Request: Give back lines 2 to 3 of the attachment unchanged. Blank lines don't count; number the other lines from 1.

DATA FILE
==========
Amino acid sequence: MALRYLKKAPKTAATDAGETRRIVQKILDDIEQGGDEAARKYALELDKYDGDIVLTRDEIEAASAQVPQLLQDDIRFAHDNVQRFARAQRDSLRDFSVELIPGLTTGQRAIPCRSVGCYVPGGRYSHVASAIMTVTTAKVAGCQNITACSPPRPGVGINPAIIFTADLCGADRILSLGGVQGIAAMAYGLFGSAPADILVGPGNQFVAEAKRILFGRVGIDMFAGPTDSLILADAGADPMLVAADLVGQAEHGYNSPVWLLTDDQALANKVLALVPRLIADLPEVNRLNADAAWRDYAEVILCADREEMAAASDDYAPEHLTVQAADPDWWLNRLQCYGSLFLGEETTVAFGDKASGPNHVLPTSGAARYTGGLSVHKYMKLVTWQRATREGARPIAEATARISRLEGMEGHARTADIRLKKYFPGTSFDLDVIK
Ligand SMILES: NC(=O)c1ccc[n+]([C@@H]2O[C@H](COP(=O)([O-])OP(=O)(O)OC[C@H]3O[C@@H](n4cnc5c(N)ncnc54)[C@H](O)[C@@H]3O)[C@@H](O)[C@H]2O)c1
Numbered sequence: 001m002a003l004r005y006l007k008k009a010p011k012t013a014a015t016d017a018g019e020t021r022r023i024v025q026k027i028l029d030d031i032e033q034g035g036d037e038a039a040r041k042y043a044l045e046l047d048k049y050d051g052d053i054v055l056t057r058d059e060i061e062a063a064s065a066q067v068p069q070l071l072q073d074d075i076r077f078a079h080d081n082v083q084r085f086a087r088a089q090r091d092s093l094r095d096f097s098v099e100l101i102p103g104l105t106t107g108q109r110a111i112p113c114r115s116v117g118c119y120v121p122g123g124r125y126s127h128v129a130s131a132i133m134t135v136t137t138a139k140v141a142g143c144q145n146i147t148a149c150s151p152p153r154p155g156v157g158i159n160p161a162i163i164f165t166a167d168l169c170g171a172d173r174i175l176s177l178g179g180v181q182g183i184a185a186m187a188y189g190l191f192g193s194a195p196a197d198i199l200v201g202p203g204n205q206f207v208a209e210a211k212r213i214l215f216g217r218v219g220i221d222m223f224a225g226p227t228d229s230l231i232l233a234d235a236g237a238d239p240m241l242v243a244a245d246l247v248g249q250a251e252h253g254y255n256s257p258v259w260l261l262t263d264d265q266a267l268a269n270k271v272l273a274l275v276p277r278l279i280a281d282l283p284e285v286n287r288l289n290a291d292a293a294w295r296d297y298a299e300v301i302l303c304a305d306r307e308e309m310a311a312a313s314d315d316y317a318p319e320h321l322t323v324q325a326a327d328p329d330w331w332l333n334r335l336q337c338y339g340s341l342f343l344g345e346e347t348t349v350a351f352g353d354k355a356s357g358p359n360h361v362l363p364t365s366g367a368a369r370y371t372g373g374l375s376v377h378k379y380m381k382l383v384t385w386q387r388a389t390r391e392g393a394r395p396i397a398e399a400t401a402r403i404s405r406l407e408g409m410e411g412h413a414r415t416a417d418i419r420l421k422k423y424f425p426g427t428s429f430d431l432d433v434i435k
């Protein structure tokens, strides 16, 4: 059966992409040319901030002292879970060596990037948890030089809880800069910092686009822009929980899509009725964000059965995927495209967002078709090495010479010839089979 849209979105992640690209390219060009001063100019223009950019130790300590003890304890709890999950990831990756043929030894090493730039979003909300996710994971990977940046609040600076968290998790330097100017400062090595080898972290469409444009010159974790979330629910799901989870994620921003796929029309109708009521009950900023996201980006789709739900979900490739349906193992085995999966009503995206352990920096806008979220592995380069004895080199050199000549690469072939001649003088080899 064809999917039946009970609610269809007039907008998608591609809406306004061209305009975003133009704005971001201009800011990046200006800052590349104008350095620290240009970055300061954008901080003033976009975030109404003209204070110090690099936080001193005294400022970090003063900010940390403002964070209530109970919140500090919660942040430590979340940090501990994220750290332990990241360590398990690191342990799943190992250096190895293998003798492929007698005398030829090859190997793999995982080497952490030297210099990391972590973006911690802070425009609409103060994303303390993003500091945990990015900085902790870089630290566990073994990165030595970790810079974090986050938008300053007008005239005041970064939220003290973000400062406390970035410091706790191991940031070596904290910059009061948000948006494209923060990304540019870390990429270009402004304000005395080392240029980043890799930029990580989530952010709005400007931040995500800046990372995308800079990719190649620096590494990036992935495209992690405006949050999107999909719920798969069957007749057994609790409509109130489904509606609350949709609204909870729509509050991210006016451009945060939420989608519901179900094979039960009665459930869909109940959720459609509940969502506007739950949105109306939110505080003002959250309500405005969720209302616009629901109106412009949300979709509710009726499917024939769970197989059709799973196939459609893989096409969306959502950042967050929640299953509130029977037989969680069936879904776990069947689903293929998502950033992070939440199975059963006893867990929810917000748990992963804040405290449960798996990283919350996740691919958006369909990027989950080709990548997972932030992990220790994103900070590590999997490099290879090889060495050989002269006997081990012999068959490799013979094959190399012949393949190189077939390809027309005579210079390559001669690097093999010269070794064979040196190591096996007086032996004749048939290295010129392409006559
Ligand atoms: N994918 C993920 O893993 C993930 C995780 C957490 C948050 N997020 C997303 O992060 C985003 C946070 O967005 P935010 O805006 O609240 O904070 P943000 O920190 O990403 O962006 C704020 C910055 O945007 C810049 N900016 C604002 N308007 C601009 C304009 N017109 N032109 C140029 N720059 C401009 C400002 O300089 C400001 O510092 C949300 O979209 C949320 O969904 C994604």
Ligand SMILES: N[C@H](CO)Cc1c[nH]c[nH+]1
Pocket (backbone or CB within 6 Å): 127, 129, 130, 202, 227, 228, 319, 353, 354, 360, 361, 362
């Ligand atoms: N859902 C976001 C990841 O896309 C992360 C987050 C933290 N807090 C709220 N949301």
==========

Ligand SMILES: NC(=O)c1ccc[n+]([C@@H]2O[C@H](COP(=O)([O-])OP(=O)(O)OC[C@H]3O[C@@H](n4cnc5c(N)ncnc54)[C@H](O)[C@@H]3O)[C@@H](O)[C@H]2O)c1
Numbered sequence: 001m002a003l004r005y006l007k008k009a010p011k012t013a014a015t016d017a018g019e020t021r022r023i024v025q026k027i028l029d030d031i032e033q034g035g036d037e038a039a040r041k042y043a044l045e046l047d048k049y050d051g052d053i054v055l056t057r058d059e060i061e062a063a064s065a066q067v068p069q070l071l072q073d074d075i076r077f078a079h080d081n082v083q084r085f086a087r088a089q090r091d092s093l094r095d096f097s098v099e100l101i102p103g104l105t106t107g108q109r110a111i112p113c114r115s116v117g118c119y120v121p122g123g124r125y126s127h128v129a130s131a132i133m134t135v136t137t138a139k140v141a142g143c144q145n146i147t148a149c150s151p152p153r154p155g156v157g158i159n160p161a162i163i164f165t166a167d168l169c170g171a172d173r174i175l176s177l178g179g180v181q182g183i184a185a186m187a188y189g190l191f192g193s194a195p196a197d198i199l200v201g202p203g204n205q206f207v208a209e210a211k212r213i214l215f216g217r218v219g220i221d222m223f224a225g226p227t228d229s230l231i232l233a234d235a236g237a238d239p240m241l242v243a244a245d246l247v248g249q250a251e252h253g254y255n256s257p258v259w260l261l262t263d264d265q266a267l268a269n270k271v272l273a274l275v276p277r278l279i280a281d282l283p284e285v286n287r288l289n290a291d292a293a294w295r296d297y298a299e300v301i302l303c304a305d306r307e308e309m310a311a312a313s314d315d316y317a318p319e320h321l322t323v324q325a326a327d328p329d330w331w332l333n334r335l336q337c338y339g340s341l342f343l344g345e346e347t348t349v350a351f352g353d354k355a356s357g358p359n360h361v362l363p364t365s366g367a368a369r370y371t372g373g374l375s376v377h378k379y380m381k382l383v384t385w386q387r388a389t390r391e392g393a394r395p396i397a398e399a400t401a402r403i404s405r406l407e408g409m410e411g412h413a414r415t416a417d418i419r420l421k422k423y424f425p426g427t428s429f430d431l432d433v434i435k